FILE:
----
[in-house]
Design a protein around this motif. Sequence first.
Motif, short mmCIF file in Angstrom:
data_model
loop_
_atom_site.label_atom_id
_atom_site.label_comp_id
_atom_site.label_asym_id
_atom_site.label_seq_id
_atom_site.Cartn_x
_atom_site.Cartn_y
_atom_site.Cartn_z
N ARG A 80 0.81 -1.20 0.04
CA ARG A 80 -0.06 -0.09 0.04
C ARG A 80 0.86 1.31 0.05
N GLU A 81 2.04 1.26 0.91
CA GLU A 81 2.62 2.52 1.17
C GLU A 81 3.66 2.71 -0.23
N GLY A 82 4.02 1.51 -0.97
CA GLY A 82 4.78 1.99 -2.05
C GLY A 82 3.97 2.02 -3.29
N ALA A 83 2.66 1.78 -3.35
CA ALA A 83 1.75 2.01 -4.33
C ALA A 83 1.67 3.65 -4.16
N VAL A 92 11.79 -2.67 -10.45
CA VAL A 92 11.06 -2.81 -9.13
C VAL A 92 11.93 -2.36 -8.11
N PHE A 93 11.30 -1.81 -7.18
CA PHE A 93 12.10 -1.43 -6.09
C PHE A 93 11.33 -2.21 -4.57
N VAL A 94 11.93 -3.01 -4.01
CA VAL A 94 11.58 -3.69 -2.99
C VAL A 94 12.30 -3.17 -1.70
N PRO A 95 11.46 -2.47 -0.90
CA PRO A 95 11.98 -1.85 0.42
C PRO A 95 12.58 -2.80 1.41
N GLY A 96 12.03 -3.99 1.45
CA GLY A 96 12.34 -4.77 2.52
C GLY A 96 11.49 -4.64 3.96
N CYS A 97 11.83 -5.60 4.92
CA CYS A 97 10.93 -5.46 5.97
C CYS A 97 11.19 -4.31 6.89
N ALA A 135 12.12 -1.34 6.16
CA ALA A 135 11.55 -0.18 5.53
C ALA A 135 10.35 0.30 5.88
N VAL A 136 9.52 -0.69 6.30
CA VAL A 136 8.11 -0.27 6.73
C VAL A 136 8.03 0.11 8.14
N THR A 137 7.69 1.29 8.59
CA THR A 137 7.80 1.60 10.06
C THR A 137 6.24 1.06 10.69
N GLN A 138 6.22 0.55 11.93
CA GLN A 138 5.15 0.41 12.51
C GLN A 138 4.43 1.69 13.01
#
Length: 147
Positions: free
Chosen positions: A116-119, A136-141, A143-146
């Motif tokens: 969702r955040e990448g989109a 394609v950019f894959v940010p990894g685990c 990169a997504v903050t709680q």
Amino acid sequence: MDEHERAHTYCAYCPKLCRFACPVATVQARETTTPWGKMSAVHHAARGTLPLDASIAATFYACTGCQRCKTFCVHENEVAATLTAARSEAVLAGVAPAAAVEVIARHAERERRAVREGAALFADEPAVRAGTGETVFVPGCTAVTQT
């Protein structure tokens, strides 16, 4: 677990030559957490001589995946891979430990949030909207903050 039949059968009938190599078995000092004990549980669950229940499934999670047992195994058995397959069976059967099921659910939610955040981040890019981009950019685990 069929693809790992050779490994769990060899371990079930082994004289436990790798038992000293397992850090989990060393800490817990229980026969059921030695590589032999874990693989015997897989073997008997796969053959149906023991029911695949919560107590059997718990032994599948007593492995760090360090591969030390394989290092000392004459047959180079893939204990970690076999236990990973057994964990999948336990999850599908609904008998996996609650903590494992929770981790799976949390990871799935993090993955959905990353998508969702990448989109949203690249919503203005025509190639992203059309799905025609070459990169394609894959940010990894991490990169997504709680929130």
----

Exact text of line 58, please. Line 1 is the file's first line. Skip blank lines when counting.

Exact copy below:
Chosen positions: A116-119, A136-141, A143-146